The participation prong of the law is evaluated using a three-part test. A school is following the law if it offers roster spots that are proportionate to its student body gender makeup (i.e. if 55% of its students are women, then about 55% of its roster spots have to be on women’s teams). If those numbers are out of proportion, a school can also show it is compliant if it can demonstrate that it is actively working toward correcting the imbalance or if it is “fully and effectively accommodating [the] interests and abilities of the underrepresented sex.”
Those last two parts of the participation test require individual analysis and make it difficult to use data to determine how many schools are complying with the law. However, according to the Department of Education data, more than 90% of Division I schools fail the first part of the three-part test.
“What’s really the disturbing truth of this is that this law has been in place for 50 years and almost every college and university is still discriminating against its women athletes,” Bryant said.
In San Diego State’s case, the university’s president and athletic director explained when announcing the end of the rowing program that they actually needed to drop a women’s sport to make sure their athletics head count more closely matched the gender makeup of the student body — they had too many roster spots for women athletes, which is also a violation of Title IX law.
However, according to data gathered by the Department of Education, San Diego State was also failing to provide proportionate athletic scholarship money to its men and women. While 57% of its athletes were women during the 2020-21 school year, only 51% of scholarship dollars went to women’s teams.
San Diego State declined to answer specific questions about the ongoing case. A university spokesperson provided ESPN with a statement that said, in part, that the NCAA places limits on the number of scholarships it can provide for each sport, which prevents the school from simply awarding more financial aid to its women’s teams.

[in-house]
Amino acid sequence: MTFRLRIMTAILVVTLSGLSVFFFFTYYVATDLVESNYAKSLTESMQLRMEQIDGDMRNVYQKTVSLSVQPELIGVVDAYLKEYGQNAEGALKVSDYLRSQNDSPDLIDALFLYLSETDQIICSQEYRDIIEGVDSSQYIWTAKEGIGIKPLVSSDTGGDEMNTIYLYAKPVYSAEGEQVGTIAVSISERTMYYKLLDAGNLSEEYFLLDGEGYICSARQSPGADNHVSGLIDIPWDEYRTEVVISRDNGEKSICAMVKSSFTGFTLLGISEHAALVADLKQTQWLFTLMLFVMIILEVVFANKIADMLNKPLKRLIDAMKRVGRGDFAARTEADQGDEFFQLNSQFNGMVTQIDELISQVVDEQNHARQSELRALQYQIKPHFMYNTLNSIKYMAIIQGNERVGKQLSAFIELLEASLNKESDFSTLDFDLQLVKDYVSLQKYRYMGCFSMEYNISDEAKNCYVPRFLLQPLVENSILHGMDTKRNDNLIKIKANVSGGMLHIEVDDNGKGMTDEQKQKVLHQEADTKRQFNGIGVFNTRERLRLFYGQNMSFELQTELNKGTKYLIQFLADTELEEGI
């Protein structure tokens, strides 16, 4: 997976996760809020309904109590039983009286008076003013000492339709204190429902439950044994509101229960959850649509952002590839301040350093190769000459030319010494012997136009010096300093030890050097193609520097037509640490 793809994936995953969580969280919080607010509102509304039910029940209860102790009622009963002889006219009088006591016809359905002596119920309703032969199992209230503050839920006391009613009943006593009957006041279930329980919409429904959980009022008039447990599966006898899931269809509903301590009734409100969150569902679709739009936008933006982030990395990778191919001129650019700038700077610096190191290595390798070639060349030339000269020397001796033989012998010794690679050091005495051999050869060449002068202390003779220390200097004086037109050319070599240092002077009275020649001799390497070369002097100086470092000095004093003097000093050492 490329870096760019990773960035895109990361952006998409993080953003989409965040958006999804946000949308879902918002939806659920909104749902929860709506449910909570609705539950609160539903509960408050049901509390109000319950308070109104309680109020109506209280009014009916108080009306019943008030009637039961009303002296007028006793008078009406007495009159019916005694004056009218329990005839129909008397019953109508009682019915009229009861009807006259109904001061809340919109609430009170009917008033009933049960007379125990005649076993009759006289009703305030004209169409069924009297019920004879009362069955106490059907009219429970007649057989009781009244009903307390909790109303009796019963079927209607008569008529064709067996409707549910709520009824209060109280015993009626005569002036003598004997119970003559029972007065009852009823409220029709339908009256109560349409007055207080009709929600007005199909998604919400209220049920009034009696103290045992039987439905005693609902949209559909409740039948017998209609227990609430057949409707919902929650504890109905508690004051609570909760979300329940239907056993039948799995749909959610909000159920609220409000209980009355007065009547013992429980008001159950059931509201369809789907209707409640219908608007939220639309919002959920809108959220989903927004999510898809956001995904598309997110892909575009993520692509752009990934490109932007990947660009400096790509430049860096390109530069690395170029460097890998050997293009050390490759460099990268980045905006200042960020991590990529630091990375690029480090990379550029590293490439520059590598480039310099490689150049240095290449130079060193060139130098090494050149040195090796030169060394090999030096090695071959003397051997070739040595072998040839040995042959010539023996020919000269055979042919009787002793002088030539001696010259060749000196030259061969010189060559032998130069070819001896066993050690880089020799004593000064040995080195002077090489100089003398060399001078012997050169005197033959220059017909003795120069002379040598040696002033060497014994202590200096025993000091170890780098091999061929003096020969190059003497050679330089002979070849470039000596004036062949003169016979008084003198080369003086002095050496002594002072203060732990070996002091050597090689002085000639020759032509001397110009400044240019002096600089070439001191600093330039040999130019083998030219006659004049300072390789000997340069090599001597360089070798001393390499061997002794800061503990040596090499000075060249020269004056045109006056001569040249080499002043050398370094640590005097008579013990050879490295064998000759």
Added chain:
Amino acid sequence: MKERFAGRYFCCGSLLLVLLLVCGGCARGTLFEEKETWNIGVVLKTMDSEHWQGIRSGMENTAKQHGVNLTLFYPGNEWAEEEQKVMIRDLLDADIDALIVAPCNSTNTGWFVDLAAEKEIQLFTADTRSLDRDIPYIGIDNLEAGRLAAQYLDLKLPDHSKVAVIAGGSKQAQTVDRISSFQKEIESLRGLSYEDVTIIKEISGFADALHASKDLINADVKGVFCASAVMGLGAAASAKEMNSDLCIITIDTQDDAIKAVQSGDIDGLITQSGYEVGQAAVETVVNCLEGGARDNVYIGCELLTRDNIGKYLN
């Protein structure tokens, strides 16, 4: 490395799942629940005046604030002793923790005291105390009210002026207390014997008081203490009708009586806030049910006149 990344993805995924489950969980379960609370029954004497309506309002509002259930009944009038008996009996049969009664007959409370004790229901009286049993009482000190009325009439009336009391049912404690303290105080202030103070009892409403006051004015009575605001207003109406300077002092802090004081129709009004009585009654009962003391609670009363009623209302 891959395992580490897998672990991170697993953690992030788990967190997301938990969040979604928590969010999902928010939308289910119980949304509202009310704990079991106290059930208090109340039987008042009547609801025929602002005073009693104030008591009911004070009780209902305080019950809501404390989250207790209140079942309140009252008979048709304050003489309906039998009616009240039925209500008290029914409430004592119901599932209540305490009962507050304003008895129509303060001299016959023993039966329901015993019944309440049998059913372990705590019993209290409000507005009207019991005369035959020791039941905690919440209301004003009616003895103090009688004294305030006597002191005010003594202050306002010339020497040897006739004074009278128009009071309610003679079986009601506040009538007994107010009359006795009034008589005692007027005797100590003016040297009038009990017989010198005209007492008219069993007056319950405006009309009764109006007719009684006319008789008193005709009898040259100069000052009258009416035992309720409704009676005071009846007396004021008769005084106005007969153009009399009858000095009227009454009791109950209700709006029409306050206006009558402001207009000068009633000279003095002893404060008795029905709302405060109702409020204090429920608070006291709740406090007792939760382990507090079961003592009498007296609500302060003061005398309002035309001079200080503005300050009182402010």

“The truth is that SDSU awards approximately 95% of all possible scholarships permitted under NCAA rules for both its men’s and women’s teams, with the remaining fraction explained by legitimate non-discriminatory reasons within SDSU coaches’ discretion,” the statement said. “NCAA rules prohibit all schools, including SDSU, from giving unlimited athletic scholarships. To exceed these limits, as requested by this suit, would make student-athletes ineligible to compete.”
NCAA rules cap the number of total scholarships a school can give out per sport — 20 for rowing teams, 11.7 for baseball teams, 14 for women’s soccer, for example. The particular sports San Diego State sponsors appear to make it difficult to follow NCAA rules while providing equal financial aid to their women athletes.
Bryant said in one of his legal filings that San Diego State is responsible for sponsoring sports that allow it to provide equal financial aid to men and women on those teams. He said “compliance with NCAA limits does not authorize or permit its violation” of the law.
Kaitlin Heri first heard about the possibility of a Title IX lawsuit through friends at school who were members of the rowing team. Heri is a pole vaulter for San Diego State’s track and field team — a three-time Mountain West champion who tied the second-highest vault mark in school history this May. At the start of her final year on campus, she spread word to several of her teammates that her friends could use some help.
In September, San Diego State told Bryant and local attorneys in San Diego that the former members of the rowing team didn’t have standing for a legal action that would force the school to revise their treatment for current and future athletes. To file a lawsuit on behalf of current and future athletes, the group of plaintiffs must include at least some current athletes.
Carina Clark was also heading into her final year with the track team when she learned about the rowing team’s efforts from Heri. She said contemplating the case helped open her eyes to some of the unequal treatment that she had taken for granted as a woman athlete — fewer athletic trainers than the men’s team, differences in their locker room and the meals they received. After consulting with her parents, both of whom were former college athletes, and talking with Bryant in September, she decided to join the rowers and several of her own teammates as plaintiffs in the suit, which was officially filed in February.
“I knew a lot about what happened to the rowing team and how upset they were,” Clark said. “It was great that we could also help them while helping future athletes at our school.”
Clark and most of her teammates who joined the suit received financial aid that amounts to partial scholarships during most of their years competing for the track team. They reasoned that if San Diego State had been providing a proportionate amount of financial aid to its women’s teams, they might have been able to get more scholarship dollars.